Michael Pack just wanted to do a documentary on a typical six-month period in the life of a Speaker of the House of Representatives.
Fortunately, that's not what he got.
Stumbling onto times that were far from typical, Pack's crew followed House Speaker Newt Gingrich during the weeks leading up to the impeachment vote against President Clinton, the 1998 congressional elections that resulted in a surprisingly poor showing for GOP candidates, and the resignation of the Republican congressman from Georgia.
The result is a 90-minute documentary, tentatively titled "The Fall of Newt Gingrich," scheduled to air this August on PBS -- and this week at the Maryland Film Festival.
(The film currently is slated to be screened at 12: 30 p.m. Sunday at the Charles. However, the schedules are notoriously changeable, so check the Festival's Web site at www.mdfilmfest.com for updated information.)
Pack, who lives in Chevy Chase with his wife and three children, had just finished an earlier documentary, 1995's "Inside the Republican Revolution: The First Hundred Days," when he approached Gingrich about filming a slice of the speaker's life. It took about three years for the details to be worked out, but by the fall of 1998, the cameras were ready to roll.
"We thought we would see him conclude the legislative agenda of one Congress, win an election that was supposed to be uneventful, and then begin the next session of Congress," Pack says. "My original intent was a documentary on how the speakership works, and how Newt Gingrich has transformed the speakership."
Pack's cameras follow Gingrich through the halls of Congress, as he unsuccessfully tries to distance himself and his party from the impeachment process as it becomes increasingly unpopular. They follow him as he barnstorms the country, making personal appearances on behalf of GOP congressional candidates. The film includes follow-up interviews, featuring Gingrich and others trying to explain what happened.
As Pack would be the first to emphasize, going into a documentary with a set agenda can be dangerous. If nothing else, documentary filmmakers must be prepared to let events shape them; try doing things the other way around, and you're making films, not documentaries.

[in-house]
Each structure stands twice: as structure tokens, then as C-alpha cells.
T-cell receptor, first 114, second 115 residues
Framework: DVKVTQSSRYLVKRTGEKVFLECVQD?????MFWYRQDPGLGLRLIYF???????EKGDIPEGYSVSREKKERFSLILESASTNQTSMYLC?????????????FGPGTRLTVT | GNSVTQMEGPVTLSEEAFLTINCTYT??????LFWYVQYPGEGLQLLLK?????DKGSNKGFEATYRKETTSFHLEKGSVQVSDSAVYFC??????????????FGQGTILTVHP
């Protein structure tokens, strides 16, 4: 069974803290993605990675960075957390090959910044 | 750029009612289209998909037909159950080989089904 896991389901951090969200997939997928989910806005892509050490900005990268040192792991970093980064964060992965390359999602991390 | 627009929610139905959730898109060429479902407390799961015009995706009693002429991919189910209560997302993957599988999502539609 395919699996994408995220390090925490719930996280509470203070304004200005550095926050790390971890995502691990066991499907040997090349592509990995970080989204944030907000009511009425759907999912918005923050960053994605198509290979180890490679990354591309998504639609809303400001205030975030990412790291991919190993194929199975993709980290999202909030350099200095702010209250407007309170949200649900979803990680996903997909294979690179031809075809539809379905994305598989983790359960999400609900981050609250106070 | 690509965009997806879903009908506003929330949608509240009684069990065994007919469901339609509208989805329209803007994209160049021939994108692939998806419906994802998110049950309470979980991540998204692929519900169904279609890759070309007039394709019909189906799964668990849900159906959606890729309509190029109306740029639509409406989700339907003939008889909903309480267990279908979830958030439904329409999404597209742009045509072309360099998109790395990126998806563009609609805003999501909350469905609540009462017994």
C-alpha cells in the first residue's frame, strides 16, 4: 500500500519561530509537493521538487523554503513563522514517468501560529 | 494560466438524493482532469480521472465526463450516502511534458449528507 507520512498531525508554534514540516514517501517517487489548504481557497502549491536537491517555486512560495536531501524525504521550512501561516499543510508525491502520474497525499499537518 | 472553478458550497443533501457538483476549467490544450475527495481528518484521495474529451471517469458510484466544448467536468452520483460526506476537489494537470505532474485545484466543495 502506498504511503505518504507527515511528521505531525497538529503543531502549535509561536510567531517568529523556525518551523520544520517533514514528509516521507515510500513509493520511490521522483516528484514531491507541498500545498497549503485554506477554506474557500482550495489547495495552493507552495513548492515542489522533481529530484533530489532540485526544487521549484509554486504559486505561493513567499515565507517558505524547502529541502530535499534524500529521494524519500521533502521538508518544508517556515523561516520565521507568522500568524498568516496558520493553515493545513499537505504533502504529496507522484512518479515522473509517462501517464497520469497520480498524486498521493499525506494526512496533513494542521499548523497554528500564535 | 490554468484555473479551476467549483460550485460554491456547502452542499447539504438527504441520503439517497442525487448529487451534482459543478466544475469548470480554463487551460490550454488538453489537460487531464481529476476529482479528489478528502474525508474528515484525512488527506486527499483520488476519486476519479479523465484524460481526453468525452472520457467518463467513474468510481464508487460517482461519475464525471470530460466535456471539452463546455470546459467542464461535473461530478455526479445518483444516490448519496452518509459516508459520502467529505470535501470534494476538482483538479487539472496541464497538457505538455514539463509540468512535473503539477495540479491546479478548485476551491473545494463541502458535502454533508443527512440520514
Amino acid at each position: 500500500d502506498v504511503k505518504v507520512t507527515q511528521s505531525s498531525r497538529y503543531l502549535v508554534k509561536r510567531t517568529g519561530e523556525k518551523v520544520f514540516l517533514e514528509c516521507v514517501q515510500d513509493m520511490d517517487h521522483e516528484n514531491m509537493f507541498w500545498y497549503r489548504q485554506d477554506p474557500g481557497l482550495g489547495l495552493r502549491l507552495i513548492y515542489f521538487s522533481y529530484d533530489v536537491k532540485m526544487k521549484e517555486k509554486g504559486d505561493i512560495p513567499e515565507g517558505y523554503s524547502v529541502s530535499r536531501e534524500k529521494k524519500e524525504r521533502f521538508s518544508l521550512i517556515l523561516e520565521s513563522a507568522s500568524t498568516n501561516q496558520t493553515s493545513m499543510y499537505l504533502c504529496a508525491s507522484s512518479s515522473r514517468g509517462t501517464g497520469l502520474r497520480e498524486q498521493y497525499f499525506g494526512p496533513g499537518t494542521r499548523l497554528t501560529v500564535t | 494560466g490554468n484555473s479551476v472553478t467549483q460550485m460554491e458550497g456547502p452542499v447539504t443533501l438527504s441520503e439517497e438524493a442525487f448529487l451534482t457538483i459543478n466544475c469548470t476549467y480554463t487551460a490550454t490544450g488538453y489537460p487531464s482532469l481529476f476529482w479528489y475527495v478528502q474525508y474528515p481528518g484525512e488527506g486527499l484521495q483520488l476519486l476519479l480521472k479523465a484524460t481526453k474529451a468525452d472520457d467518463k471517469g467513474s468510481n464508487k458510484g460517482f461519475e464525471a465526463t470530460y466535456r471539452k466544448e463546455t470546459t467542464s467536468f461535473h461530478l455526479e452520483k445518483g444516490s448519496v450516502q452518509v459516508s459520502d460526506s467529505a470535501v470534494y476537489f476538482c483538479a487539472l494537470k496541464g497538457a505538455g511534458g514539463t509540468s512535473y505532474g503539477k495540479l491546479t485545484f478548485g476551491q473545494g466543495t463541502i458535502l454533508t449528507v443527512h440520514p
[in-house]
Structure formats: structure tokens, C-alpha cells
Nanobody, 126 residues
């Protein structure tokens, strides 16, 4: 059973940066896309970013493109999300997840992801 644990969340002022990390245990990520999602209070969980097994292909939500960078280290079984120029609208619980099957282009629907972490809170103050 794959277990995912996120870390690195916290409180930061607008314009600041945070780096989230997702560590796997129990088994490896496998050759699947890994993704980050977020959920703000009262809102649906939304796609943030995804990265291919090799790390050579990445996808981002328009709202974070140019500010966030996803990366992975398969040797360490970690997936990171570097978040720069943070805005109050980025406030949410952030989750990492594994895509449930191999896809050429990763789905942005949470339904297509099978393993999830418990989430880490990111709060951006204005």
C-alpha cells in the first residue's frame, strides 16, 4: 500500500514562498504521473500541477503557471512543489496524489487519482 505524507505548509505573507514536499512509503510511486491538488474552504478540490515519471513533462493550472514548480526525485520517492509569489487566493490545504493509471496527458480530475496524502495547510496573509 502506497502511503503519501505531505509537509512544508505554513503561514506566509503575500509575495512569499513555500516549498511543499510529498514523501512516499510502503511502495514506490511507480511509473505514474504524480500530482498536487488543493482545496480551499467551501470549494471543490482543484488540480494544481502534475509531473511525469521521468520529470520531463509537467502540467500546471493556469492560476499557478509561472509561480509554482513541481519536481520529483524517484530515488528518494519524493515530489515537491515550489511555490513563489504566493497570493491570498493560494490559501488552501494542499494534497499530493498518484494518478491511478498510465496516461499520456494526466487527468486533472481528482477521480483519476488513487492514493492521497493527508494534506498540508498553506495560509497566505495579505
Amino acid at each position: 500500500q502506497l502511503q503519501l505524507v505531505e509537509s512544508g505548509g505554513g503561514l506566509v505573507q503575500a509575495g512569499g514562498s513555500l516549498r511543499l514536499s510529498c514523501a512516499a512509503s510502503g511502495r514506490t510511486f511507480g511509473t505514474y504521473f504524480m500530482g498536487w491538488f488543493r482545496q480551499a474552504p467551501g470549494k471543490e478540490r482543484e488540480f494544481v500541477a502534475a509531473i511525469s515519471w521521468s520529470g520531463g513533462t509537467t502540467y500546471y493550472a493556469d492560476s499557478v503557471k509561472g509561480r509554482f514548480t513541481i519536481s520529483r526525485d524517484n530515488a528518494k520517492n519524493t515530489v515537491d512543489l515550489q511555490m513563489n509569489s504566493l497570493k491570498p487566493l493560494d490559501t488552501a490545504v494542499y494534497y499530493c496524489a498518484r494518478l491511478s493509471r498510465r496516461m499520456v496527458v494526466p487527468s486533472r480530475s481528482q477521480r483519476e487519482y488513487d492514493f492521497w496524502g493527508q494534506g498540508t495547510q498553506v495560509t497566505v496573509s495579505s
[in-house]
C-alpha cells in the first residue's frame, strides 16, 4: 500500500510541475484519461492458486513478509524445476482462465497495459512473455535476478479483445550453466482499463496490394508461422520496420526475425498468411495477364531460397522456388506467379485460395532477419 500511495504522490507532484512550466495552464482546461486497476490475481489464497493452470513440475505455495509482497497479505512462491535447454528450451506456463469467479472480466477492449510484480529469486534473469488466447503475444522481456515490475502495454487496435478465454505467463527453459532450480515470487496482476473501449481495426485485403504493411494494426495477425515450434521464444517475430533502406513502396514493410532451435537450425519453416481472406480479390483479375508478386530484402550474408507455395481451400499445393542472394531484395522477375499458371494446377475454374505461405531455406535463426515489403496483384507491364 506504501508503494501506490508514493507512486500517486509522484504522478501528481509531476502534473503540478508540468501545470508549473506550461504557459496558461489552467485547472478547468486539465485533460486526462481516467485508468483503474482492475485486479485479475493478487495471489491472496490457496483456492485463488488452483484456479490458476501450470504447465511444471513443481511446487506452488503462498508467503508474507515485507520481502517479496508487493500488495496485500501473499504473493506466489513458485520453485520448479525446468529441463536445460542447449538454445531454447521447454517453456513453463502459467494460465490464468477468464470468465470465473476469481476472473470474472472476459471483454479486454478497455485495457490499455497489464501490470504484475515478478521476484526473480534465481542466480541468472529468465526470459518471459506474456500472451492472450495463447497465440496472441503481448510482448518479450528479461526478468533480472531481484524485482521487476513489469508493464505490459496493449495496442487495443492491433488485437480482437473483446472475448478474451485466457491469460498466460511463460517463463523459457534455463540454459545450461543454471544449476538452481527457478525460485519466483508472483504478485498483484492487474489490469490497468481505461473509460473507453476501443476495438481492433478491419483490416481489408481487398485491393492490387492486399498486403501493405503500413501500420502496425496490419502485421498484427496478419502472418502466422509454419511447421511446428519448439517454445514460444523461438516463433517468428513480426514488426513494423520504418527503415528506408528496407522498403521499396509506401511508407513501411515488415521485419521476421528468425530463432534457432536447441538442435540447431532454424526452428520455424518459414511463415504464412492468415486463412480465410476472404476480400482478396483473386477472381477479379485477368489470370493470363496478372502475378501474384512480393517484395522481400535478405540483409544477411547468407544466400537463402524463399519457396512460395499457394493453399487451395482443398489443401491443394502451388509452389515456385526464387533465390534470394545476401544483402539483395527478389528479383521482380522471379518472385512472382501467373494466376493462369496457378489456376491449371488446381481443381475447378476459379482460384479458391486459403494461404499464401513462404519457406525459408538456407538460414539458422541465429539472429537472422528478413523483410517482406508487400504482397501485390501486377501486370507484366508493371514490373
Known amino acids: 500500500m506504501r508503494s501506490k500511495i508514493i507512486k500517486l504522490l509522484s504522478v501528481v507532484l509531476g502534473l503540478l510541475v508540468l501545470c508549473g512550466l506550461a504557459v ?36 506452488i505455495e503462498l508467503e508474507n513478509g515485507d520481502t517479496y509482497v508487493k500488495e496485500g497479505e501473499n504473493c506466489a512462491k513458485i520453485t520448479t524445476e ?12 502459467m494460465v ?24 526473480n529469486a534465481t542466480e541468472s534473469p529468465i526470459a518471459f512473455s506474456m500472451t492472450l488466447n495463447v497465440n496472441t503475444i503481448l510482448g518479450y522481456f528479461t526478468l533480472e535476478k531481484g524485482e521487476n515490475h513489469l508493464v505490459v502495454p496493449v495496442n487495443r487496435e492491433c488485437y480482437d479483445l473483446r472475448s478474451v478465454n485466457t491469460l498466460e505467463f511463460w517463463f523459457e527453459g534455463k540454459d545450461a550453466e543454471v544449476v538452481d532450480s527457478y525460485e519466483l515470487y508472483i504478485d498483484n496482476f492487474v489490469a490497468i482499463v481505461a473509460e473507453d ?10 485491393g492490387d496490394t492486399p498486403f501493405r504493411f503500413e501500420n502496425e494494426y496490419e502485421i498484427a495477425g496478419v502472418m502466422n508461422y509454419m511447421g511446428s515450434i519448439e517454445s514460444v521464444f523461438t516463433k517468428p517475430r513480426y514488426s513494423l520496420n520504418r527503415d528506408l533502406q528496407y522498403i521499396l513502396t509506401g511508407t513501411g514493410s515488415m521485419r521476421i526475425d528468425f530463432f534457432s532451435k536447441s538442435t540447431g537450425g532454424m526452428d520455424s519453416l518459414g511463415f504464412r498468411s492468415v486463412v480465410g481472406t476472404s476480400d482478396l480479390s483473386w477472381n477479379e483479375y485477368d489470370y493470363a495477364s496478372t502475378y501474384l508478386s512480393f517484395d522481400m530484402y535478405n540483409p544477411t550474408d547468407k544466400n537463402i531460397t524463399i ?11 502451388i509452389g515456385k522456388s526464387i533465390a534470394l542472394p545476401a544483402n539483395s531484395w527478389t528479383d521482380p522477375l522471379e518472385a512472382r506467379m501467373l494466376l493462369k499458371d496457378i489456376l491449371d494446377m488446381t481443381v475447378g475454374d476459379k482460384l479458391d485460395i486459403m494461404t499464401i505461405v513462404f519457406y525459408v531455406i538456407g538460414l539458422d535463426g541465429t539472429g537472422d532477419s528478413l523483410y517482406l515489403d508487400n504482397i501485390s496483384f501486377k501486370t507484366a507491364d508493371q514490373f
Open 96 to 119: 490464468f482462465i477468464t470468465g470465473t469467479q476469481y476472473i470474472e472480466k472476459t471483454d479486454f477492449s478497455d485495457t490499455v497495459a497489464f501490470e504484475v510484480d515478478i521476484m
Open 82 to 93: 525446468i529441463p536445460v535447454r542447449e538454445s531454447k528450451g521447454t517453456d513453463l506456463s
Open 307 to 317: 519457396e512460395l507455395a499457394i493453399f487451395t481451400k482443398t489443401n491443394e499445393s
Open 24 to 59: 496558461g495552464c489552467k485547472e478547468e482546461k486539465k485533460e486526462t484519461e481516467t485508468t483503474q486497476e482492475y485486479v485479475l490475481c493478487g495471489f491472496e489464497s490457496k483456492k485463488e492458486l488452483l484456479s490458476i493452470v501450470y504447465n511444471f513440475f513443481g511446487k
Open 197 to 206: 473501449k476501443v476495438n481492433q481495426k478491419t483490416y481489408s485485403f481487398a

But even more important than not dictating how events happen, he says, is not manipulating people's opinion of those events. For Pack, making a documentary is a constant struggle to appear impartial.
"One of the earmarks of a good documentary is that it does not overly lead an audience," he says. "It's important that people be able to draw different conclusions from it."
Not that Pack is without a personal point of view.
"I found Newt Gingrich one of the most fascinating political figures I'd ever come across," he says. "And I always found him very likable. One of the mysteries is why so many people didn't."
Film festival documentaries
"A.J.'s Dogumentary," directed by A.J. Poulin
"Behind the Scenes of the Local News," directed by Robert S. Goald
"Blue Collar," directed by Todd R. Cole
"Enter," directed by Viet Bastian "La Esquina Caliente," directed by Michael Skolnik and William O'Neill
"The Fall of Newt Gingrich," directed by Michael Pack
"George Wallace: Settin' the Woods On Fire," directed by Daniel McCabe and Paul Steckler
"The Great Rock 'n Roll Swindle," directed by Julien Temple
"Good Kurds, Bad Kurds," directed by Kevin McKiernan
"Juvies," directed by Liz Garbus
"King Gimp," directed by Susan Hadary and Bill Whiteford
"Long Night's Journey Into Day," directed by Deborah Hoffman and Frances Reed
"Paradise Lost 2: Revelations," directed by Joe Berlinger and Bruce Sinofsky
"Searching for Roger Taylor," directed by Aaron Barnett